Risks of Ultrasonic Liposuction
Ultrasonic Assisted Liposuction (UAL)
Ultrasonic assisted liposuction (UAL) is any modified liposuction technique that delivers ultrasonic energy to subcutaneous fat in an effort to facilitate traditional negative-pressure liposuction. UAL has become less popular because of an increased awareness among liposuction surgeons that UAL is associated with increased risks of complications.
The concept of UAL is intuitively appealing. A piezoelectric crystal converts electric energy to rapid (ultrasonic) vibrations and heat that are transmitted to a small metal rod or paddle and thus injure living tissue. Ultrasonic energy delivers a combination of vibratory mechanical energy and thermal energy to subcutaneous fat.
Safety of UAL is controversial. One study of 250 consecutive UAL patients concluded that internal UAL is “both safe and effective” despite three cases of dermal necrosis (1.2 percent), 28 postoperative seromas (11.2 percent), and 35 patients with Reston foam blisters. (Maxwell GP. Ultrasound-assisted lipoplasty: a clinical study of 250 consecutive patients. Plast Reconstr Surg 101:189-202,1998). Based on this report, most experienced liposuction surgeons have concluded that UAL is less safe than Tumescent Liposuction with microcannulas.
Two Types of UAL
There are two types of UAL: Internal UAL and external UAL. Internal UAL delivers ultrasonic energy directly to subcutaneous fat by a metal rod or cannula inserted through an incision in the skin. External UAL delivers ultrasonic energy to subcutaneous fat by means of applying a paddle-shaped instrument directly to the overlying skin.
A Brief History of Internal UAL
Europeans were the first to embrace internal UAL. After an initial period of enthusiasm for internal UAL, it was eventually rejected by the majority of European liposuction surgeons because of an unacceptable incidence of complications. Despite the misgivings of many European surgeons, internal UAL was subsequently introduced into North America. Many surgeons tried internal UAL because it was promoted as the “cutting-edge” of cosmetic surgical technology. Because of insufficient proof of safety, the FDA (U.S. Food and Drug Administration) never approved the sale of internal UAL devices for liposuction. Nevertheless equipment manufacturers and some prominent surgeons promoted internal UAL, and many surgeons purchased these devices with the intention of using them on liposuction patients. Eventually the risks of UAL became apparent, and sales of UAL devices plummeted. The company that sold most of the Internal UAL devices in America has declared bankruptcy.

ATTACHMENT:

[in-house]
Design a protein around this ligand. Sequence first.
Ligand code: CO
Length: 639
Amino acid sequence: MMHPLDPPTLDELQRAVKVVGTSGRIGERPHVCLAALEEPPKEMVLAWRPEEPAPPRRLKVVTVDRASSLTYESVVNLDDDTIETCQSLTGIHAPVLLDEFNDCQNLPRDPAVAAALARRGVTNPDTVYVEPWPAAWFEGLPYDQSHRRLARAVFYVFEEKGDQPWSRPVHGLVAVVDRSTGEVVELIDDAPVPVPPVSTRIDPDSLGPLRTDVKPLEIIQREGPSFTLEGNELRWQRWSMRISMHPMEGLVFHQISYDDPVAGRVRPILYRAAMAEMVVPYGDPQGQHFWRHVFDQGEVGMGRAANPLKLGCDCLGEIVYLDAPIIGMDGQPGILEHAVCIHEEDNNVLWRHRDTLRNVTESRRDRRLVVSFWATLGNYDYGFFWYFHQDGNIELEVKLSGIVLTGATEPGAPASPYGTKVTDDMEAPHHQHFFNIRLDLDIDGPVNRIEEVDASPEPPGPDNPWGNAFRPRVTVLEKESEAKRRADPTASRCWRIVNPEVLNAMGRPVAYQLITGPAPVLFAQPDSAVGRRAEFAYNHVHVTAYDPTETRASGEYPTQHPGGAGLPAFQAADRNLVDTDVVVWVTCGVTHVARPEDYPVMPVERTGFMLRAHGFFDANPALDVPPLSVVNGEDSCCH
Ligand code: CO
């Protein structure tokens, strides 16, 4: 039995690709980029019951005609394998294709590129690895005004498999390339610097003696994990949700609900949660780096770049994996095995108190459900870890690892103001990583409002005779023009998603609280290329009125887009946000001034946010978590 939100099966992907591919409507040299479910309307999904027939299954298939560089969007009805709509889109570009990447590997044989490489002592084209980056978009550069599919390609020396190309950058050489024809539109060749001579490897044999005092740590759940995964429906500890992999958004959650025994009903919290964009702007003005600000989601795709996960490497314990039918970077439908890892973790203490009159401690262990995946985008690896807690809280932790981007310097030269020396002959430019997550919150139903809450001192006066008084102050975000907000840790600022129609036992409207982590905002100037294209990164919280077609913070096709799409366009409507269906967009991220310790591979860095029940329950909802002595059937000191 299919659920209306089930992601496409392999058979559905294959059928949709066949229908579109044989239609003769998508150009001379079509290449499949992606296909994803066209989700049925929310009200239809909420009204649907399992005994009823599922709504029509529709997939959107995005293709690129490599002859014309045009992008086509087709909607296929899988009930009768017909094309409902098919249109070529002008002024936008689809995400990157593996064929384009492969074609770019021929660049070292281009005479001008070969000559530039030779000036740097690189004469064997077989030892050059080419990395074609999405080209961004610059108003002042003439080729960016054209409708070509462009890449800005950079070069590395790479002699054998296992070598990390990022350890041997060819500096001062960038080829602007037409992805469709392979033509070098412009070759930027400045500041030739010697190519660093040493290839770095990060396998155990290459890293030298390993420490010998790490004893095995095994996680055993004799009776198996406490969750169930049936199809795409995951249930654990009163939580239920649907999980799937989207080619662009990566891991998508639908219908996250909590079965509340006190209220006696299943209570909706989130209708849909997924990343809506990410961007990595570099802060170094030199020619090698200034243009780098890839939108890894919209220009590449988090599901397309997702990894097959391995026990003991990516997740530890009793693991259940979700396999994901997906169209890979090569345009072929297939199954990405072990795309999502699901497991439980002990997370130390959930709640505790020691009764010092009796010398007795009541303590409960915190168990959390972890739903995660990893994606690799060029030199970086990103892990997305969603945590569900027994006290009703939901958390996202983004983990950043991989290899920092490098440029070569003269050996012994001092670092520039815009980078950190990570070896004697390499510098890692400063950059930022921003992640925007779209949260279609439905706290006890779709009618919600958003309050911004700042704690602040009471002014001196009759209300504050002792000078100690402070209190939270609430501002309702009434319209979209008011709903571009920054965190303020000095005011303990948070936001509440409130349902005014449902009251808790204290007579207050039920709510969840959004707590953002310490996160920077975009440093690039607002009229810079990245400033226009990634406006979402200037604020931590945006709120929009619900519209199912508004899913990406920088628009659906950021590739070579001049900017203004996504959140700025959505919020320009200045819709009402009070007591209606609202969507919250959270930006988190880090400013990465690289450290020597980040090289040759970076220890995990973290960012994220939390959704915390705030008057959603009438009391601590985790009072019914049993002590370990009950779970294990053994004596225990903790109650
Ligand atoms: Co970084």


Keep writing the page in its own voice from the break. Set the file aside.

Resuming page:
A Brief History of External UAL
External UAL was initially promoted by several enthusiastic liposuction surgeons who made statements that were based on subjective opinion rather than objective scientific data. It soon became apparent that external UAL provided no benefit, and it is now rarely used.
UAL Causes Blood Clots
UAL causes blood clots in the small blood vessels. Internal UAL produces heat and elevates the temperature of targeted fatty tissue. However, it can also increase the temperature within the blood vessels that supply the overlying skin. Elevation of the temperature within blood vessels causes blood clots within the vessels. If the blood vessels that supply an area of skin with oxygen becomes blocked by clots, then the skin will die. Internal UAL may literally create a large area subcutaneous thermal injury.
Injury to Peripheral Nerves
Injury to peripheral nerves is possible with UAL. Patients who have had internal UAL appear to have an increased incidence of prolonged numbness consistent with injury to sensory nerves. The neurosurgery literature has documented the injurious effects of ultrasound on peripheral nerves. The potential for ultrasonic energy causing damage to peripheral nerves suggests that the risks of using UAL in arms, legs, neck and face may outweigh any potential benefits.
UAL Causes Seromas
A seroma is a fluid-filled cavity beneath the skin containing serum (clear yellow fluid) that can persistent for weeks or months. Internal UAL causes the formation of seromas in 15% to 70% of patients. Advancing the internal UAL cannula too slowly through fat or using too much ultrasonic energy, causes seromas by damaging surrounding tissues. In response one manufacturer has modified its recommendations and “solved the problem” by recommending that surgeons reduce the amount of internal ultrasonic energy that is delivered to subcutaneous fat. In other words, do less ultrasonic liposuction and reduce the incidence of problems.
External UAL and Manufacturer’s Warnings
The external UAL device is the same ultrasound apparatus traditionally used by physical therapists. These ultrasound machines are associated with definite risks and dangers. The manufacturers of external ultrasound devices provide instructions that state external ultrasonic devices should not be used over the heart, the ovaries, or over a large artery such as the carotid artery. Manufacturers’ warnings should prohibit the use of external UAL for liposuction of the male chest, the female abdomen, or on the neck or chin areas. If a surgeon uses external UAL on the female abdomen, then the manufacturer’s warnings should be included in the information about UAL given to the patient.